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"Gods, I like Gods. I know exactly how they feel." -- Jack Prokosch in Contempt


contempt_1.jpg (6034 bytes)No director in the history of cinema is more obsessed with the connection between human relations and film history than Jean-Luc Godard. His Contempt, made in 1963, is the clearest and most moving example of this obsession.

In the opening shot, Godard destroys the line that separates film from reality: In the distance, at the far end of a receding line of dolly tracks, a camera crew follows a pair of actors as they slowly stroll toward the screen. As they approach, they move out of frame, leaving the camera operator in the center of the image. He carefully adjusts his lens until it's aimed directly at us, the audience. Like it or not, we've just been cast in a Godard film.

contempt_5.jpg (6408 bytes)Contempt (Le Mepris) is Godard's mostly faithful adaptation of an Alberto Moravia novel. The film revolves around the disintegrating relationship between screenwriter Paul Javel (Michel Piccoli) and his wife, Camille (Brigitte Bardot).

When Paul is roped into a project with the crass American film producer, Jeremiah Prokosch (Jack Palance), Camille's emotions curdle as she watches her husband prostitute himself. Prokosch has come to Europe to bastardize an adaptation of Homer's The Odyssey, directed by the legendary Fritz Lang (playing himself). Lang wants to make slow, cerebral art. Prokosch wants a rewrite filled with topless mermaids wiggling their tails. Paul needs the money. In two key scenes, Camille wants Paul to intervene when Prokosch makes lecherous advances toward her, but Paul doesn't. Camille is humiliated. Her frustration eventually festers into the acidic emotion of the title, and the undeniable power and beauty of the film comes from feeling her pain.

contempt_4.jpg (5926 bytes)Most of the film mirrors events off-screen, but you don't need to know the background to be gripped by a relationship—not to mention an art form—that suffers from the pressure of decadence and decay. However, the background certainly adds dimension: Paul and Camille's relationship reflects Godard's own with Anna Karina, the actress to whom he was married at the time. (Cinematographer Raoul Coutard referred to Contempt as "a letter to [Godard's] wife.") Furthermore, Godard's animosity for Carlo Ponti, the Italian producer of the film, and Joseph E. Levine, the "self-proclaimed" American movie mogul who also had a hand in production, is visible in Godard's portrayal of Prokosch. The scene in which Prokosch kicks film canisters around a screening room is based on an actual Ponti temper tantrum.

contempt_3.jpg (7136 bytes)Adding to the on- and off-screen venom, Palance and Godard squabbled continuously during production. At one point in the film, after another Prokosch tantrum, Lang says quietly, "Is that a request or an order?" (Babbling away after the fact on The Tonight Show, and continuing the dissolution between Godard's film and the real world, Palance made a passing reference to his work with "some French director.") As Godard remarked in an interview, "Contempt is the story of this world."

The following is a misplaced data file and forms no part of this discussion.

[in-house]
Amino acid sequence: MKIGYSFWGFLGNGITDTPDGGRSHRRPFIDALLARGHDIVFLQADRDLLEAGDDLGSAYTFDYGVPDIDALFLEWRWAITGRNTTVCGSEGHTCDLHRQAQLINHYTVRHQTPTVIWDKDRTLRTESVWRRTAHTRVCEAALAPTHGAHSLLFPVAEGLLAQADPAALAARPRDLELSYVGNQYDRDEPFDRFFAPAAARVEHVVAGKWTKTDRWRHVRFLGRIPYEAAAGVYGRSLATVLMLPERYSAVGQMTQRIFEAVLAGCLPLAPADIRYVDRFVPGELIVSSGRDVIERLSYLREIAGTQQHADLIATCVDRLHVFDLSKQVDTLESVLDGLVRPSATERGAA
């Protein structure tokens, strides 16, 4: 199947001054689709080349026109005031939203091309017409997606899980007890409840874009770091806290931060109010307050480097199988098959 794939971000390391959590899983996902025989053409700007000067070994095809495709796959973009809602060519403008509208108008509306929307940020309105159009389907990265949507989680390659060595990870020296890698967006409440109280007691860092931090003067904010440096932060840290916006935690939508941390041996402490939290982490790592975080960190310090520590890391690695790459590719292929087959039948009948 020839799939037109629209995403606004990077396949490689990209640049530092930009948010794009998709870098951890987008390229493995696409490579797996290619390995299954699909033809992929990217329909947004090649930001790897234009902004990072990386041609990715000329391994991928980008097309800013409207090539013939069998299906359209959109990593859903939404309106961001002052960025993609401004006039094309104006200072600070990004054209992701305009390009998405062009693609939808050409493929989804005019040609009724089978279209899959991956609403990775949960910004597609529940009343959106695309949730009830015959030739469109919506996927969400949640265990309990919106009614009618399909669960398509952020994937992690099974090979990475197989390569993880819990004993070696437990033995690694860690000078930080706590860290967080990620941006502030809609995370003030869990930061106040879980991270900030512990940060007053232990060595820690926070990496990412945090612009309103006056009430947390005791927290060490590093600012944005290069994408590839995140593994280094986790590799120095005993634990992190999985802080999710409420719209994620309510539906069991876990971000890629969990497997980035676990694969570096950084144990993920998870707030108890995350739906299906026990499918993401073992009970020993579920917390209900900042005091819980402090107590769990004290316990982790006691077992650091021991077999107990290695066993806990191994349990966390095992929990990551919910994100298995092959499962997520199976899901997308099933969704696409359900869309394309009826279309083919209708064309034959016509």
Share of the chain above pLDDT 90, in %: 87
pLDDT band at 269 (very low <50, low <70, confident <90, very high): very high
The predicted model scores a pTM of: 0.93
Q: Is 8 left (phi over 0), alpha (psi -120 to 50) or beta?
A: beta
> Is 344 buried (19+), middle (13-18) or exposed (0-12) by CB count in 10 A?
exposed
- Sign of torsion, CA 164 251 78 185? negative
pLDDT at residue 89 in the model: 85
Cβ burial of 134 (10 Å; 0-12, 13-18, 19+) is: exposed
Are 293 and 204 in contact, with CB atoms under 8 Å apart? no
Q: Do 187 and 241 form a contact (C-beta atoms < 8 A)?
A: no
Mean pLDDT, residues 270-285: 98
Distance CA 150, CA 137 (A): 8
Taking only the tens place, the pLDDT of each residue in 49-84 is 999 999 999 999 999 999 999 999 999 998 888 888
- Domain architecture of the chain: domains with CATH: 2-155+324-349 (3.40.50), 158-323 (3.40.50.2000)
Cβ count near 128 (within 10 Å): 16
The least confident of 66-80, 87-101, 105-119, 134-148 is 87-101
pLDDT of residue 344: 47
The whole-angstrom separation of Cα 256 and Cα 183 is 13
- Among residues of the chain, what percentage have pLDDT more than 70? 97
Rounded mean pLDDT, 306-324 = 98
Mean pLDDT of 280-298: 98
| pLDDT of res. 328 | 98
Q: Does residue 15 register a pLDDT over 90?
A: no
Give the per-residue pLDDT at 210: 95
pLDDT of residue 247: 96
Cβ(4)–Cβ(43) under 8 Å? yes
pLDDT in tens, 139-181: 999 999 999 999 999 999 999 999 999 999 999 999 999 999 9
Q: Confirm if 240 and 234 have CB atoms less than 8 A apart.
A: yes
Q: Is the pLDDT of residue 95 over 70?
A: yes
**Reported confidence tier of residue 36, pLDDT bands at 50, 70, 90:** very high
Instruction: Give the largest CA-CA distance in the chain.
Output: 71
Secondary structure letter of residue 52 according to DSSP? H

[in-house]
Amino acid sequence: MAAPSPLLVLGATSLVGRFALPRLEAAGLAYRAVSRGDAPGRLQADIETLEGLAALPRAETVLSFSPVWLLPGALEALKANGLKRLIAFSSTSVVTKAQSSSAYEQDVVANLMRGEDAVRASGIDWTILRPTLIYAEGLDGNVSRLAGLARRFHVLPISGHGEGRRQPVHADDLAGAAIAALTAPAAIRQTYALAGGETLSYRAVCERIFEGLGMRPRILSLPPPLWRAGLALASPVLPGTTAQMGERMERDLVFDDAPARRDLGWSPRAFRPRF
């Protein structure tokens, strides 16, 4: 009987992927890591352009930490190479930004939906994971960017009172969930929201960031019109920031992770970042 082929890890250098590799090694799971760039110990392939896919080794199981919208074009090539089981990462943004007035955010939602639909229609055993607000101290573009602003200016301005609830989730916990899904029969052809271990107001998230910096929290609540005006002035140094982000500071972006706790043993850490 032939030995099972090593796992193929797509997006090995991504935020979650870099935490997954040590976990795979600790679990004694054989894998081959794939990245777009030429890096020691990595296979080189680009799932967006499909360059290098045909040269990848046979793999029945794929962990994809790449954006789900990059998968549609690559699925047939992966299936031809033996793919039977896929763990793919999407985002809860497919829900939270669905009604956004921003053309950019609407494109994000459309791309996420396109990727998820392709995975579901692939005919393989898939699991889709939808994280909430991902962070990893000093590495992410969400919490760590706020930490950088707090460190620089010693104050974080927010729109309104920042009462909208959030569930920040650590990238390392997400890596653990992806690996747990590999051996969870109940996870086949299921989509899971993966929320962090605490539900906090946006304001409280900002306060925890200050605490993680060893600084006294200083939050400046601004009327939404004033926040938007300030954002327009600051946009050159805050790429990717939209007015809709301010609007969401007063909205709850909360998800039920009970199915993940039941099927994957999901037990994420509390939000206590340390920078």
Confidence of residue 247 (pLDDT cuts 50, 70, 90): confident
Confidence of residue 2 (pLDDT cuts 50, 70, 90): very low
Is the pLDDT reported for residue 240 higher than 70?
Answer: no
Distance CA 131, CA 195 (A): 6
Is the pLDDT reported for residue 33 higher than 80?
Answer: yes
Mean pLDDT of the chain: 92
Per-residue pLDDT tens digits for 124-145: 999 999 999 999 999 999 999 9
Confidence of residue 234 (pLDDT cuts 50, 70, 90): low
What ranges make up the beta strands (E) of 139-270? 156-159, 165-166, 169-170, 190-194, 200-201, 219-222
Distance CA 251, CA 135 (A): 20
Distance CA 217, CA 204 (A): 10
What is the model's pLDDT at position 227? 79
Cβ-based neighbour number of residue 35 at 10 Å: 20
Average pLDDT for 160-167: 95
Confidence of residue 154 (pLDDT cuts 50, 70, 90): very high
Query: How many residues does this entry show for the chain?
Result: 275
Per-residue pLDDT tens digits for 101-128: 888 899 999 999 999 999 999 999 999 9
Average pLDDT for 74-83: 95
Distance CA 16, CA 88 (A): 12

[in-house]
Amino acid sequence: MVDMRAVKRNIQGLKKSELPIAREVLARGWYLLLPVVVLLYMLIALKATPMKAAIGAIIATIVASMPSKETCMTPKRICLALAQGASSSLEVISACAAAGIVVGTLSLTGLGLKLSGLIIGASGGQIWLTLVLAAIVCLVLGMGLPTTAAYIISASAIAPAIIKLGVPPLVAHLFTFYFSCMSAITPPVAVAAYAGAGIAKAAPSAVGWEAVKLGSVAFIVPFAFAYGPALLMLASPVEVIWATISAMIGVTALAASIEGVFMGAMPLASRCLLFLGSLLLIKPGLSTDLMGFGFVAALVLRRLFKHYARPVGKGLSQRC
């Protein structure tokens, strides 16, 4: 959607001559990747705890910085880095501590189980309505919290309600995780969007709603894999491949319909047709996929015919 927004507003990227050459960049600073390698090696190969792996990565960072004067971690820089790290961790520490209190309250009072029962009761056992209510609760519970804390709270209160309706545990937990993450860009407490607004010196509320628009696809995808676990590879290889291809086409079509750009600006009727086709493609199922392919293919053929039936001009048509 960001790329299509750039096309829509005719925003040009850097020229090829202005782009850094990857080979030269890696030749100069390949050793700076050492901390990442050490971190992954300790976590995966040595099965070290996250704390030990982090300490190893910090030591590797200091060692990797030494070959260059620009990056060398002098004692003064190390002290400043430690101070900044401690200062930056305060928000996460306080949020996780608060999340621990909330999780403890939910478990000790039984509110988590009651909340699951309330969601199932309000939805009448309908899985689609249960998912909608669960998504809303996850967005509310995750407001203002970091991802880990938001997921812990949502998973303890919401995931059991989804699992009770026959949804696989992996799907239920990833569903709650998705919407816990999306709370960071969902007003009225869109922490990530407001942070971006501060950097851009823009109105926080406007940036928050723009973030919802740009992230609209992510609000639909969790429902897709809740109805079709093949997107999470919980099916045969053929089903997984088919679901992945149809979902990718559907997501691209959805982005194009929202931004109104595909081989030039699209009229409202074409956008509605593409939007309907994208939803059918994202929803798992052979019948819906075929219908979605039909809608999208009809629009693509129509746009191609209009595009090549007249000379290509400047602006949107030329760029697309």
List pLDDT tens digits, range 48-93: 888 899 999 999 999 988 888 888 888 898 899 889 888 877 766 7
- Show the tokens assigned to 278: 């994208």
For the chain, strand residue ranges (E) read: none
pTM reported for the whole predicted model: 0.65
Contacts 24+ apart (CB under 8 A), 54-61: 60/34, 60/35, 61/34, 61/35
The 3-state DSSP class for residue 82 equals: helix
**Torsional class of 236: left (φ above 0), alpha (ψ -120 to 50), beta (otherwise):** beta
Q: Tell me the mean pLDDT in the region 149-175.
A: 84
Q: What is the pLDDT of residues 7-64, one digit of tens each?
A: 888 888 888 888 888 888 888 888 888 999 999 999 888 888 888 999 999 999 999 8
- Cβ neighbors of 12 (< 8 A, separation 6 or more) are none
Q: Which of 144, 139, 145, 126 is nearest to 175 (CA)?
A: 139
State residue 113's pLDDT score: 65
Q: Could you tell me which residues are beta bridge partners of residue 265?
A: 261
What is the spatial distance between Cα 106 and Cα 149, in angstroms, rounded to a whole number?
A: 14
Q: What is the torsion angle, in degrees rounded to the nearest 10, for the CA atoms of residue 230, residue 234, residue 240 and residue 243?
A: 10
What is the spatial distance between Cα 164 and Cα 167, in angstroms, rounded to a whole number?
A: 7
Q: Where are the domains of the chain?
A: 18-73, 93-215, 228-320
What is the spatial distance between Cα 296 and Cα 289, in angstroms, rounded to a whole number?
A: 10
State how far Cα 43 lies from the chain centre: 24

Godard, in 1963, was disillusioned by the crisis facing both the American and European film industries. Not only was the "golden age" of the American studio system collapsing—the hallowed place that had given birth to the auteurs that French critics like Godard had championed—the European industry was facing the onslaught of American culture. Godard: "It's always a bit sad when I see Lang in the film. He was touched that the young filmmakers admired him, but it was mostly because he needed money that he accepted." (Imagine a reality where Fritz Lang compromises himself for money.)

contempt_2.jpg (6479 bytes)Using his perception of a faltering industry, and wedding it to intimate observation of his own personal relationships, Godard came up with the most orthodox film he's ever made. Not only is it almost "normal" storytelling, it's the clearest window into the tradition of Godard himself. He's a director who doesn't just make milestones—he makes milestones by referencing the world of film around him. Contempt is ultimately a picture about filmmaking, but, like all of film history, it's Godard's autobiography.

-- capsule taken in part from Cinemania

Contempt [Le mepris] - Details

Made in: 1963
Genre: Drama
Filmed in: Color
Language: French
Length: 105min

Brigitte Bardot 
Jack Palance
Michel Piccoli
Giorgia Moll
Fritz Lang
Jean-Luc Godard
Raoul Coutard

Camille Javal
Jeremy Prokosch
Paul Javal
Francesca Vanini
Assistant Director

Directed by: Jean-Luc Godard
Writing credits: Jean-Luc Godard & Alberto Moravia
Produced by: Georges de Beauregard, Joseph E. Levine,
                       & Carlo Ponti
Music by: Georges Delerue
Cinematography by: Raoul Coutard
Film Editing by: Agnès Guillemot & Lila Lakshmanan